Secret Service on the Trail of Counterfeiters

Studying a bogus $100 bill, Karl Miller looks for imperfections - a wisp of ink extending outside of a line, blurred scrollwork, a mottled background - that might tie it to another one on record, and help investigators catch the counterfeiters (search).

"What we are trying to do is compare the image that we see, the details from it, to the details seen on previous images of counterfeit," said Miller, a counterfeit specialist in the Secret Service's anti-counterfeiting lab. The Secret Service (search) is the primary federal agency for investigating the counterfeiting of U.S. currency.

A cache of 23,000 uniquely classified counterfeit notes stored in a "specimen vault" helps investigators make a match. That, in turn, helps them decide whether to go after those who made the phony money or those who distributed it.

Using microscopes, hand-held magnifiers and a fleet of sophisticated instruments and equipment, investigators analyze the bogus bills.

"We start with the paper and work our way to determine how they did produce it," said Lorelei Pagano, a senior counterfeit specialist.

Real bills, for instance, have tiny red and blue fibers embedded throughout. Counterfeiters often try to simulate them by printing tiny red and blue lines on their paper.

Examiners also look for attempts to copy security features, such as watermarks that become visible when held up to light, ink that shifts colors when a bill is tilted and embedded security threads that glow a certain color when exposed to ultraviolet light.

Information about how a counterfeit bill is made also helps examiners evaluate the effectiveness of existing security features.

The lab also studies the security features of foreign currencies, keeps up with new security technologies, conducts anti-counterfeiting training and assesses the effectiveness of possible changes to U.S. currency.

Roughly 60 percent of the $37 million in counterfeit notes passed off as genuine in the United States are printed overseas, mostly in Columbia, the Secret Service says. Officials suspect the counterfeiting may be related to the drug trade.

Most bogus U.S. notes made overseas are done through traditional printing processes, such as offset printing, while most of those produced in the United States are done digitally, Secret Service officials say.

In general, a traditionally printed counterfeit note tends to look better than a digital one, although quality can run the gamut for each type of printing process.

Counterfeiters in the United States who use traditional printing methods are becoming a rarer breed, officials say.

"We monitor ex-counterfeiters," said Larry Johnson, special agent in charge of the Secret Service's criminal investigation division. "We like to know where they are. What they are doing. As time has passed, this expertise has kind of gone away because the real printers, the real counterfeiters have died off. At least domestically," he says.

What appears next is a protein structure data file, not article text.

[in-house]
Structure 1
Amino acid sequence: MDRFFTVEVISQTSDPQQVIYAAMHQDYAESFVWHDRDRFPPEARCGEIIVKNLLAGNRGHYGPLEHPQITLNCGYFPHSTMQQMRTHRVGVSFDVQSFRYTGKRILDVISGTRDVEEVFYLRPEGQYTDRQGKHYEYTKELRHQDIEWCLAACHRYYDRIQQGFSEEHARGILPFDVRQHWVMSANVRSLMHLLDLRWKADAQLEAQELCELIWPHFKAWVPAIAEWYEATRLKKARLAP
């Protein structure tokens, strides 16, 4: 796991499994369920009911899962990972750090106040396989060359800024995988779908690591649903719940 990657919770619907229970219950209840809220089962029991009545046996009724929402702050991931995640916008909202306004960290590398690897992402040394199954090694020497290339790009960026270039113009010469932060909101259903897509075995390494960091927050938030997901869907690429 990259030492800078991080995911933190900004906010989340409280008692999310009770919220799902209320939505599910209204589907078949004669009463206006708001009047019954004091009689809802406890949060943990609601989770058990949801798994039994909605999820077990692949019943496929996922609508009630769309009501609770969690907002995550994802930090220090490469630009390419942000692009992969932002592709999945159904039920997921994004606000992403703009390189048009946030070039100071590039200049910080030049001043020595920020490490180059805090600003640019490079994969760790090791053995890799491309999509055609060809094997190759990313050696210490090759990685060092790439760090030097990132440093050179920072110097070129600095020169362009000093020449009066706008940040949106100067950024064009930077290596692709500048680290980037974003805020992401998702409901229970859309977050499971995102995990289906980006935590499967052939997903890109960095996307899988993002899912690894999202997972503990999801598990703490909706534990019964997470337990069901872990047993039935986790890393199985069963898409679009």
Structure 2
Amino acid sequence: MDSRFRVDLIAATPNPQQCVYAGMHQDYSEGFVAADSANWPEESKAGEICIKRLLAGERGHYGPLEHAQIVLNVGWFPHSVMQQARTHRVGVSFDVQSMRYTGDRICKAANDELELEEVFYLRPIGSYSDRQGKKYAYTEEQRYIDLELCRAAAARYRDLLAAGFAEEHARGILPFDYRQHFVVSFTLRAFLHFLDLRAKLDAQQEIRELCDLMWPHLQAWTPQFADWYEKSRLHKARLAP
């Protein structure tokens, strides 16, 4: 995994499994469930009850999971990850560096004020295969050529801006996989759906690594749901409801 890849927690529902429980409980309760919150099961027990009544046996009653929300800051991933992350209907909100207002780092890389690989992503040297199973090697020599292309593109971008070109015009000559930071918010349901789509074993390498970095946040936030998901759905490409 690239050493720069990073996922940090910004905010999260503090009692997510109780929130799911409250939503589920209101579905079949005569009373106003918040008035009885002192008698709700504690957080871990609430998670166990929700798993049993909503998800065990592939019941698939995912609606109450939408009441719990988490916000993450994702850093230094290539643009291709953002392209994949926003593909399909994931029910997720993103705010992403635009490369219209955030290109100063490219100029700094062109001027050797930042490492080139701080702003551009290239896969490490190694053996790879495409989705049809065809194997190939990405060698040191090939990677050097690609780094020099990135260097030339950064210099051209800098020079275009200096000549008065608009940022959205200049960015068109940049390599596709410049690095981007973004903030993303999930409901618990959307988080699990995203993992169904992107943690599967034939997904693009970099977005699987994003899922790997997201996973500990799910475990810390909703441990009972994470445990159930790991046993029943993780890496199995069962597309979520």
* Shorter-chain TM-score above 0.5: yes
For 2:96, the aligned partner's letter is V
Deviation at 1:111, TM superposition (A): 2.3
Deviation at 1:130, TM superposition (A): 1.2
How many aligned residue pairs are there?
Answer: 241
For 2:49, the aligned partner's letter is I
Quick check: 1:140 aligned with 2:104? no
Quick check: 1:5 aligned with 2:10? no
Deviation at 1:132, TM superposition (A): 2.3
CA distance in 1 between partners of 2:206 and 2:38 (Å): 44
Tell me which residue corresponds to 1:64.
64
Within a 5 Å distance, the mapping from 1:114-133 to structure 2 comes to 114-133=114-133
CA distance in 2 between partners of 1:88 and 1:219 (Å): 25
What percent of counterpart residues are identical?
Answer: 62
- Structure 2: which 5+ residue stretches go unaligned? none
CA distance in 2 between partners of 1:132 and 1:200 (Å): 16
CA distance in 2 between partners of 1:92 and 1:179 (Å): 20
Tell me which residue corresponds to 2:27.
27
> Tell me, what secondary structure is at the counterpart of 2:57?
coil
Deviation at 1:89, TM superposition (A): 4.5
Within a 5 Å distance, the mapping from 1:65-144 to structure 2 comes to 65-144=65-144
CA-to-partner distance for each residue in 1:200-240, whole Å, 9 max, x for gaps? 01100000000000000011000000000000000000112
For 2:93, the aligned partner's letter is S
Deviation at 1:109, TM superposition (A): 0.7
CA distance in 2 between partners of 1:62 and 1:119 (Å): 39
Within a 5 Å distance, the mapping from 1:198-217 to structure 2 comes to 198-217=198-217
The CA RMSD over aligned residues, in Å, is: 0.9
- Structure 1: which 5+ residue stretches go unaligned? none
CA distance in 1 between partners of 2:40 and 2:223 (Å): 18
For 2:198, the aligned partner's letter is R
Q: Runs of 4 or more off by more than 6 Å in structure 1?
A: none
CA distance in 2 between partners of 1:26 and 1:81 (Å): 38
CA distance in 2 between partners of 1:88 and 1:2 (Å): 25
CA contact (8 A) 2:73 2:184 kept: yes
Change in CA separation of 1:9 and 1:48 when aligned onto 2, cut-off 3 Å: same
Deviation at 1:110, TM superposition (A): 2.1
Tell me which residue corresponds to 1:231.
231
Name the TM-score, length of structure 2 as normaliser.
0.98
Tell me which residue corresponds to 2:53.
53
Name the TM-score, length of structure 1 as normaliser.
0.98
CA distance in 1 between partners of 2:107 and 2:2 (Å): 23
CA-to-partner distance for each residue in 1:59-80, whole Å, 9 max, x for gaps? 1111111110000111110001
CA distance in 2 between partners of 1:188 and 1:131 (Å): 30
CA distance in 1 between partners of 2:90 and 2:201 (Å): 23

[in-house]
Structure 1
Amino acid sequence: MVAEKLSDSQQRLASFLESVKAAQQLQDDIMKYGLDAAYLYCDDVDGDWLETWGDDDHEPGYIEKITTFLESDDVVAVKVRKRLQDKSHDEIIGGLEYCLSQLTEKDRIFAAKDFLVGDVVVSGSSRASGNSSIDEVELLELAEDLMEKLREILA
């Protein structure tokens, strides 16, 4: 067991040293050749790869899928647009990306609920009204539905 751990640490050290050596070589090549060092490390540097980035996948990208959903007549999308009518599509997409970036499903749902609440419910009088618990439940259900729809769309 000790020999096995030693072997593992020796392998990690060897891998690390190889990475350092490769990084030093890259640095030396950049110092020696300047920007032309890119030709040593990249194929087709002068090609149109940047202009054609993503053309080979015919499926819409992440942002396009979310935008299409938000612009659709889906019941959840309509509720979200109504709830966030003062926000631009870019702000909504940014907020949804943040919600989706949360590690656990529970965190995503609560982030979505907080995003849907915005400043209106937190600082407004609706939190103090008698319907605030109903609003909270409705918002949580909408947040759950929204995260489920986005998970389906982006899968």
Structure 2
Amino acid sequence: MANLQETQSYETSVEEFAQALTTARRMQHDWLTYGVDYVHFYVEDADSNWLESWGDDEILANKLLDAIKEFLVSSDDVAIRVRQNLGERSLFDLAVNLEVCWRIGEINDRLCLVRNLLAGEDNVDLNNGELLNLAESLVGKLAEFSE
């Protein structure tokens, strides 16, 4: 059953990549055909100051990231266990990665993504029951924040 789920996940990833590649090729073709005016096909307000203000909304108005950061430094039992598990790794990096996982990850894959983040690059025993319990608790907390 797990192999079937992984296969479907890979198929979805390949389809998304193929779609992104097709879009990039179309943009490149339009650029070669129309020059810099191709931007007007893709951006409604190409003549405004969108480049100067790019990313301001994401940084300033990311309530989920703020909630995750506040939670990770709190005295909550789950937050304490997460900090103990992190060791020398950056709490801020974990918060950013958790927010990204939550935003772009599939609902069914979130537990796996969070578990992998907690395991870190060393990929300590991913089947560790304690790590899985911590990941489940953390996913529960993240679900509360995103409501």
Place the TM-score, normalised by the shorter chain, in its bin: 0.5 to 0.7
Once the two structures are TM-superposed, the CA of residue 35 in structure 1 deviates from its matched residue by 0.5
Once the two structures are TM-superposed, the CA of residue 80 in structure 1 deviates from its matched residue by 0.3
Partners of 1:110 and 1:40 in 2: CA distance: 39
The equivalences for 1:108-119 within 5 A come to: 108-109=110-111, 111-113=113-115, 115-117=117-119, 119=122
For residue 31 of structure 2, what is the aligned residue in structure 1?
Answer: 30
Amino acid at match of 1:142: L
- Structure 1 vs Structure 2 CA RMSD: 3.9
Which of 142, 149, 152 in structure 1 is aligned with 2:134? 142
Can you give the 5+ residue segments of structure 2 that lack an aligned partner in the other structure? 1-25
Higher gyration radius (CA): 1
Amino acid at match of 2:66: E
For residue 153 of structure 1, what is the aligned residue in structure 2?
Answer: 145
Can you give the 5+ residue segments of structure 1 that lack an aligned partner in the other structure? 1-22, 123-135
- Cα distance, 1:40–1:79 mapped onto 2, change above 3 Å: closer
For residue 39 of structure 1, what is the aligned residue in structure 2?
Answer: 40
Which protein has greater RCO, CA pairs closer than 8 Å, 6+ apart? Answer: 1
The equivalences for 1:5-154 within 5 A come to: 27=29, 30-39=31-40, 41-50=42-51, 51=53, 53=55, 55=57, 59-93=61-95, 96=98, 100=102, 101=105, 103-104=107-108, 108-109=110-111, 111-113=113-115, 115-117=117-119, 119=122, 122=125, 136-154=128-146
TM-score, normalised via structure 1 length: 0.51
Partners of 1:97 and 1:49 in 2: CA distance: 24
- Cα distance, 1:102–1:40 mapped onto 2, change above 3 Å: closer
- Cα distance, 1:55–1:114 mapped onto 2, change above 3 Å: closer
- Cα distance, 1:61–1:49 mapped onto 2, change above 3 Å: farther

The number of counterfeit bills these days is small - just a tiny fraction of the $710 billion of genuine U.S. notes circulating worldwide. But it wasn't always that way.

Around the time of the Civil War, an estimated one-third of U.S. currency (search) was counterfeit, the Secret Service says. As a result, the agency was created in 1865 to stamp out the problem.

Now, to try to thwart counterfeiters, some U.S. greenbacks are getting makeovers.

New $20 and $50 bills sport splashes of color on the front and back. Next up for revision is the $10 bill, which is expected to be issued next year. Efforts also are under way to make over the $100 bill - the most counterfeited note outside the United States. That bill will get some color as well as some extra security features.

Ironically, counterfeits tend to increase after a new note is issued.

The $20 bill - the most copied in this country - was remade in 2003. During the year that ended Sept. 30, about $4.6 million in counterfeit $20 bills were passed off domestically, the Secret Service says. An additional $750,000 in counterfeit $20s were seized before they could be circulated.

Most of the $20 counterfeits were of very poor quality, without any simulation of the security features, the Secret Service says.

Just $1,000 of the new $20s were counterfeited and passed off as genuine outside the United States, officials say.

A new $50 bill went into circulation this fall. So far, the Secret Service says it is aware of 200 counterfeits that were passed domestically.

Agency officials say an educated public - especially merchants, bank tellers, store clerks and others who handle money daily - is crucial to catching counterfeits. They need to know, for instance, to look for a watermark or the color shifting ink on many real U.S. notes.

"Our currency is a very highly engineered piece of paper," Pagano said. "It doesn't matter how well we design it if people don't pay attention."